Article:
This has been our mantra and chant all trip. See how near the end we are?!?! And now we were stopping in Montreal really the Ottawa was it. The last hurdle. We were really nearly there! And our first few km on the Ottawa in late afternoon light with a tail wind were quite lovely (though we may have been a bit taken aback by just how big the river already is).
The fall colours here have been somewhat subdued and late in arriving due to all the rain (and ‘complete lack of summer’) this year. But in this channel flanked by steep hills on the Quebec side and gently rising forests on the Ontario side (the river forms a huge part of the boundary between these two provinces) we were still delighted by shades of yellow and orange and the occasional dazzling red.
This bit was nice!
We weren’t so delighted by the apparent absence of anywhere to camp… however we were (once again) saved by someone else’s account of paddling the river and were guided to the mouth of Edwards river where there is a well established and lovely wild camp spot (discernible from a tell tale ‘hole’ in the trees). We made risotto and fell into the tent to check the forecast and plan the next day.
Considering this river and area has fairly reliable westerly prevailing winds the forecast was a little disappointing. Almost continuous easterlies and southeasterlies. I don’t know if I’ve mentioned this before but I HATE paddling into a headwind. Having been so excited about reaching the last watershed and the last hurdle and the last bit of downstream, to find out it was a) essentially a lake and b) any current was going to be negated by headwinds was a little disheartening.
Ok, a lot disheartening.
We studied the maps and previous routes and marked every potential campsite, telling ourselves to be patient and do what we could. One day at a time – just like the beginning.
The next day we managed nearly 40km and, after a lengthy search, stopped for the night on a fairly inhospitable rock in the middle of the river. The following day the winds only picked up more and we were soon at the boat launch in Stonecliffe having an early coffee and considering what to do. We met a few locals who asked if we’d stayed on the island? Well, we stayed on AN island… The one with the big lovely beach?? No, I guess we didn’t find that one… But we did find out that, illogical as it may seem, the Quebec shore was sometimes somehow more sheltered from South/easterlies than the Ontario side. We considered for a bit longer during which time one of the locals had been across to the other side in his boat to double check: Yep, strip about 30 feet wide, flat calm. So off we set. It was still hard work but we were happy.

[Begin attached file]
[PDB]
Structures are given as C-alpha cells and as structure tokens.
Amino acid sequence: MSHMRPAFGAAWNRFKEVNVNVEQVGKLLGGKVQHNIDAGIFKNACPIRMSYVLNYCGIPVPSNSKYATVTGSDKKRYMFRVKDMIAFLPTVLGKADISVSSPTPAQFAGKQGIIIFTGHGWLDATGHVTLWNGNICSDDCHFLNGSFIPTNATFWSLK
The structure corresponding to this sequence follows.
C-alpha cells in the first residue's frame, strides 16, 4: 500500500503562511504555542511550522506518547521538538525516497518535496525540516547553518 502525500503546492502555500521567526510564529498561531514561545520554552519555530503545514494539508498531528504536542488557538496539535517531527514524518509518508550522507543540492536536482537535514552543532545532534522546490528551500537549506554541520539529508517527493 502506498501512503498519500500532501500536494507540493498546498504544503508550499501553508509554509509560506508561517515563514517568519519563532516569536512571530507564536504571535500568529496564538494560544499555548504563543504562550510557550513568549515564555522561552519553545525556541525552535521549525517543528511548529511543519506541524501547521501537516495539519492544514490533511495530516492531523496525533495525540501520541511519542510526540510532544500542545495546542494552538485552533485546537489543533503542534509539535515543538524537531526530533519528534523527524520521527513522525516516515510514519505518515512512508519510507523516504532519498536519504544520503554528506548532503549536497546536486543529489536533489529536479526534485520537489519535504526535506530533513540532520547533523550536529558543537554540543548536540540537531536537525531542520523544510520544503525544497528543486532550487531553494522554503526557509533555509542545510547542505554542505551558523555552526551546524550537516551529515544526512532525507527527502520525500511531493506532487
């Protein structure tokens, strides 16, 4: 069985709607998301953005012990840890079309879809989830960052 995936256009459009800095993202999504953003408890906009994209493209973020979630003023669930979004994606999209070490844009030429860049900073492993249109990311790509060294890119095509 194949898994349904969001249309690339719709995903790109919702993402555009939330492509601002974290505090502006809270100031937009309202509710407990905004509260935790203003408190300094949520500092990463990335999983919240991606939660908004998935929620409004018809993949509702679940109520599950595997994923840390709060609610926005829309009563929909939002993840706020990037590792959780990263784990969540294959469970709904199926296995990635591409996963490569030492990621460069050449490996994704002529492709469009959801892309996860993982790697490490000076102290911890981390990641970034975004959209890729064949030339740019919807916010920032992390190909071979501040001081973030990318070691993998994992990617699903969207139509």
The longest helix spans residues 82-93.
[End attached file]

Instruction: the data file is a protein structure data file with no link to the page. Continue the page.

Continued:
We pulled up onto ‘Ryan’s beach’ where we knew there was a campground and looked for somewhere to check in. We got an encouraging wave from someone on the deck of the house nextdoor and, grabbing the wallet, headed up.
‘Hello hello! I’m Dan, this is Pam, join us will you have a beer? wine? Sorry about the lawn it’s just been seeded, sit down sit down’
So we did, thinking what friendly campsite owners! Eventually it came up in conversation:
‘No no we’re not the owners but, the thing is, you can camp right here on the beach in front of the house! Now go get set up, come back for a drink and we’ll look at some maps and the weather and you can have a shower if you want do you need to do any washing…?’
And so on. We spent the rest of the evening talking about the trip and what lay ahead and about summers in Ontario and winters in Pinawa (we paddled past there!) which seemed to be the wrong way round but …
Setting off the next day with a fresh supply of tea bags, knowledge about logging and dead heads (‘the ones that got stuck, that didn’t make it’… ‘Maybe we’re deadheads!?’ I gasped) and advice that the Ontario shore was off limits for about 20km due to first a nuclear research facility and then a military base, we headed to the Quebec side. However the winds had changed and we were soon forced to cross back over. Just at the moment an epic thunderstorm arrived… no choice but to land then! Government property or no – the lightening was all around us so we dived under some trees and set up the tarp to wait out the storm. Mike says that that storm was the first time I’ve ever looked remotely worried about lightening, but to be fair the ground was shaking…
Standard lunch: crackers, butter, cheese and marmite
Hiding under the tarp
We were soon on our way again but the winds were still building and my shoulders were struggling. We stopped for more tea. We’d camp as soon as possible but the ‘unexploded ordinance’ signs littered the whole shore. Luckily we found ‘Gibraltar’! An island set aside and maintained by local cottagers for river users. Beach, fire pit and even a long drop!
And we were within striking distance of Jeff and Joyce’s: incredibly, Ken and Diane (whose lawn we’d pitched up on on the Assiniboine back in Manitoba) had friends who lived right on the banks of the Ottawa river below Pembroke who they’d told of our adventure. They had emailed to offer food, shower, bed, logistics – whatever we needed. So we set off optimistic though Mike’s spirits (and everything else) were dampened at coffee time when he slipped under the boat… just as well we had somewhere to dry out…?